Tim Holowachuk

Tim is a Mechanical Engineering Technology student at SAIT Polytechnic. He has past experience as student leader on the board of the SAIT Students’ Association, and took part in the Business + Higher Education Roundtable’s Student Advisory Board (SAB). We talked to Tim about ways to best prepare for an interview. 

What do you do to get ready for an interview?
I research three things: the interviewer, the company, and the role I am interviewing for. I want to know what path my interviewer has taken, if there are connections we might have or common traits that I could bring up in our conversation. When it comes to the company, I look for as much information as I can about their current operations and future plans. Any insider information is useful and can help you frame yourself as valuable to their current and future initiatives. As for the role, I do my best to break down the  job description into keywords. I also look at other current and past job descriptions by using the Internet Archive on their careers page. It’s important to see if there are trends in the way they hire people, as well as specific traits that they consistently value.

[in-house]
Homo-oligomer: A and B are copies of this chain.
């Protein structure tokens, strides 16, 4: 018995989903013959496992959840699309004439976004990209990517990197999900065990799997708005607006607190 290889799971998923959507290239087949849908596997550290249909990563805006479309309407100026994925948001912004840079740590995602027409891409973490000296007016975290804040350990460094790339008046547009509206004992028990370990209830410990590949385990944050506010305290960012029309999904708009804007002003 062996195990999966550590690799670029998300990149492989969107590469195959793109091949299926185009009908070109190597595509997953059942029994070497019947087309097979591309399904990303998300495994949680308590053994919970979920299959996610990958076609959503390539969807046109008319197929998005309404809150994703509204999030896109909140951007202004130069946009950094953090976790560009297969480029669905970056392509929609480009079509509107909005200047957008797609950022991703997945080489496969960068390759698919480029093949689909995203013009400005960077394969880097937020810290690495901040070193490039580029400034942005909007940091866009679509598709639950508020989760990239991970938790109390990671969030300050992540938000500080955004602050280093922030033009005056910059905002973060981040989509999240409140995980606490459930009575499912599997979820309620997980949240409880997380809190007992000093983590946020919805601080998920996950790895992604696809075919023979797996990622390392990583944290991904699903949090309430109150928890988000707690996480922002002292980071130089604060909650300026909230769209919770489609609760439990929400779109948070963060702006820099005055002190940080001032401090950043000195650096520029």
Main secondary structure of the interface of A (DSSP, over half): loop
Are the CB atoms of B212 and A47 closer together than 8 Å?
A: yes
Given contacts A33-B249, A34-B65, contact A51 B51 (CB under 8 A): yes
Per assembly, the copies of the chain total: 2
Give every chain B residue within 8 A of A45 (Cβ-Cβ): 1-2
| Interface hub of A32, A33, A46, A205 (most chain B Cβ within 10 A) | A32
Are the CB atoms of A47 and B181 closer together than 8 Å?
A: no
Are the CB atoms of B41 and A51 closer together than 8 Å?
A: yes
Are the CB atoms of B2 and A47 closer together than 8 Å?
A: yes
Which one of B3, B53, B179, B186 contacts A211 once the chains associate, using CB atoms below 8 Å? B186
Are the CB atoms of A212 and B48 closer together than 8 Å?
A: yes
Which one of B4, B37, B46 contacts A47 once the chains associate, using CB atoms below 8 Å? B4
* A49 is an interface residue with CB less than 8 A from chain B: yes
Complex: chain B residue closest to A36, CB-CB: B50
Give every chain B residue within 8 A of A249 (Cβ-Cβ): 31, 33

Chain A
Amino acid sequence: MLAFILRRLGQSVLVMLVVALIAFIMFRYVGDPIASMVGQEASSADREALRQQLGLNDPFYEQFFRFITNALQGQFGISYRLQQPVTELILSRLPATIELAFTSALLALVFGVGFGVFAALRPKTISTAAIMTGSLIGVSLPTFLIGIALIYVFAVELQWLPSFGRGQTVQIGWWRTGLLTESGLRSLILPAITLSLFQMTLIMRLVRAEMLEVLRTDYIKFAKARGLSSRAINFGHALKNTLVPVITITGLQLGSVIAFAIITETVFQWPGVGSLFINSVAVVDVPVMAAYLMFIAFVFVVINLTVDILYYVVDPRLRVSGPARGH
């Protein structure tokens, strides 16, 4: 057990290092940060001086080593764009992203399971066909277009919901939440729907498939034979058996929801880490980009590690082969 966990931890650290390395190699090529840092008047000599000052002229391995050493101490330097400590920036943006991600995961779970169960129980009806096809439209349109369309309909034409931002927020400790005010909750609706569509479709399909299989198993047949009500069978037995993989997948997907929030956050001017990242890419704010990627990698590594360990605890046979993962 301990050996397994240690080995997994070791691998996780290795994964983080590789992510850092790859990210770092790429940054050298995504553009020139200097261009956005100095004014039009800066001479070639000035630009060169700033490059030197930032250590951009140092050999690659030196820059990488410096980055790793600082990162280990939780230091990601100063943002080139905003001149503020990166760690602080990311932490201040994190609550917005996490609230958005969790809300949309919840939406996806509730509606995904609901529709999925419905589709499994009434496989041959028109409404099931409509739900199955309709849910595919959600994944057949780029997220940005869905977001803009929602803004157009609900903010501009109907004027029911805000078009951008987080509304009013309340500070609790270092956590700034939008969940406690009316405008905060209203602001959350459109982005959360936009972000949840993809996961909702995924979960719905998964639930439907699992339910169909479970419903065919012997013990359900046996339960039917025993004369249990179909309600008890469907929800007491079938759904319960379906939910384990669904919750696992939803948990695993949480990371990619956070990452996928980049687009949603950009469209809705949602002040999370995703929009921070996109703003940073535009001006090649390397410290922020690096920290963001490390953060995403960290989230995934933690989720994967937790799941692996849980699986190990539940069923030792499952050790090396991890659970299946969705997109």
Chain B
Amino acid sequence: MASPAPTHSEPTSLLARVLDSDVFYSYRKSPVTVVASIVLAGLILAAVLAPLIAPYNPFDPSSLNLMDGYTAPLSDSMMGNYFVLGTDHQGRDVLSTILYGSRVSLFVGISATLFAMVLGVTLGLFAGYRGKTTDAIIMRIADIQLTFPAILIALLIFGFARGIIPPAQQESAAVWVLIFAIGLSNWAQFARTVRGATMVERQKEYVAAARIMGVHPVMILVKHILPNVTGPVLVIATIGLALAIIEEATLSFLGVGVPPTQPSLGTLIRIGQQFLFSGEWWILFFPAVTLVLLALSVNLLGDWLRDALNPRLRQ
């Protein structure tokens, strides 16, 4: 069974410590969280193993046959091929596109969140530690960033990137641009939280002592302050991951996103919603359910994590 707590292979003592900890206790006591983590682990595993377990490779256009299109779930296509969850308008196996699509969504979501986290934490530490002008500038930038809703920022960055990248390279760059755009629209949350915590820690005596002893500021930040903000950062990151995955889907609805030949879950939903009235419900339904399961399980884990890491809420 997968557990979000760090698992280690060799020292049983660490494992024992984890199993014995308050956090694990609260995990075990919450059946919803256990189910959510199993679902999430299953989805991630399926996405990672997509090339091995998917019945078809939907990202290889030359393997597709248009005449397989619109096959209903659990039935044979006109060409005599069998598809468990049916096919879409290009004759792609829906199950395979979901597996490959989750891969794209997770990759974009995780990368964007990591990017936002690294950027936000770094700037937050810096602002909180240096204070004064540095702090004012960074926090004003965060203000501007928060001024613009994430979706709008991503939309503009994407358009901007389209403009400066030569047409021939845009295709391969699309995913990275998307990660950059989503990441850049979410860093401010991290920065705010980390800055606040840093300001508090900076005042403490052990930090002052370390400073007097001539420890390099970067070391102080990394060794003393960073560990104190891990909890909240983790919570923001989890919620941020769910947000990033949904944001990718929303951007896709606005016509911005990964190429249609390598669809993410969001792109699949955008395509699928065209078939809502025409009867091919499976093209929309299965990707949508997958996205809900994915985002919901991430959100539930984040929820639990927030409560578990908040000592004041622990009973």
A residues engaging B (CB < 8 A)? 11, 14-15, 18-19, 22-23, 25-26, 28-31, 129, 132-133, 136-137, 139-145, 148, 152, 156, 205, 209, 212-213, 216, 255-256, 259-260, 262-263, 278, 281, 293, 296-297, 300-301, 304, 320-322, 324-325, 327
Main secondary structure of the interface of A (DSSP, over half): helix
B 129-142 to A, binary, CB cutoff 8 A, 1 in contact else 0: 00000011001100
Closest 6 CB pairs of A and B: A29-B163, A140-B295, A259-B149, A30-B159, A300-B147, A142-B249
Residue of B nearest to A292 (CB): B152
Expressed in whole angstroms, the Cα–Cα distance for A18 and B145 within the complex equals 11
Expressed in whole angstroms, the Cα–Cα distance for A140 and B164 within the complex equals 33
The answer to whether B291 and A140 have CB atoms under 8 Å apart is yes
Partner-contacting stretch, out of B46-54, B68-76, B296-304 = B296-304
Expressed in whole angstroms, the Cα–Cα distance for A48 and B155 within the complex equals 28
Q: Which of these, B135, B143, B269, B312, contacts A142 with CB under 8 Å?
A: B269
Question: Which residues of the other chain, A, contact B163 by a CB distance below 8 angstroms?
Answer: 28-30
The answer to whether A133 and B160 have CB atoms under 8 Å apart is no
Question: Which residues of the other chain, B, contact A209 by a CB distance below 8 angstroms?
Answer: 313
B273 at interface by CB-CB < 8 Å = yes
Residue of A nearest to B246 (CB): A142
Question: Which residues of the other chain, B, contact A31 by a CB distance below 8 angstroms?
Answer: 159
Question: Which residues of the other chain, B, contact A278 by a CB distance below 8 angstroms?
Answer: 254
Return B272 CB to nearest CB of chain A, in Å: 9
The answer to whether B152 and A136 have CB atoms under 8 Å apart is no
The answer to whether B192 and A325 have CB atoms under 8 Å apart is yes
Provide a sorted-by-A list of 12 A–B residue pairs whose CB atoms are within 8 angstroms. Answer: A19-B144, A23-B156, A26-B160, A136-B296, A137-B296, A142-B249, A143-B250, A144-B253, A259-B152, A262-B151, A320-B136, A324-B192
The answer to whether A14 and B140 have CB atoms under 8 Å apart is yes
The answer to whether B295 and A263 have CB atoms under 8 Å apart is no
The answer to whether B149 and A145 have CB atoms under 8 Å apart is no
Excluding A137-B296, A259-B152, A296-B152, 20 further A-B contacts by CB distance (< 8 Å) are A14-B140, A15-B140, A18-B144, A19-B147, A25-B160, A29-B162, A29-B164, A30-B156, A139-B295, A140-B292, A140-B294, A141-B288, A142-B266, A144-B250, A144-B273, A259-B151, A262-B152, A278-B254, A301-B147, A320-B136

Do you usually practice ahead of an interview? How? 
Absolutely. I take the keywords that I’ve determined from the job description and write answers to potential questions. I then recite the answers to the questions out loud to see how they feel and if they’re genuine. Questions I’ll ask myself include:

  • Why do I want to work for this company?
  • Where do I see myself in 5 years?
  • What value could I bring to this team?
  • What are some of my specific experiences that relate to the job responsibilities? 

What advice do you have on how to excel during an interview? 
Remember that interviews are a two-way street. You should come in with questions about the company’s culture and professional development processes. Even if you have some information from contacts who have worked there previously, the hiring committee’s answers can help you decide if you want to work there. An interview is not a commitment to the position. Being willing to reconsider your stance on the job after the interview and continue looking for jobs elsewhere will allow you to feel less stressed and perform better. It’s counterintuitive, but it works. 

What do you do to wrap up/follow up on an interview? 
I ask the questions that I’ve prepared if I haven’t had the chance to ask them yet. These usually include questions like:

  • Does my interviewer have everything they need from me in terms of information or documentation?
  • Does my interviewer have any concerns as to my qualifications for which I could provide additional information?
  • What does the hiring process look like from here and when will candidates be informed of any decision?

I also like to request the interviewer’s contact information if I don’t yet have it, and ensure that I thank them for their time and the insight into their company.  

In conclusion - interviews can be daunting, but there are plenty of ways you can prepare for them. Good luck!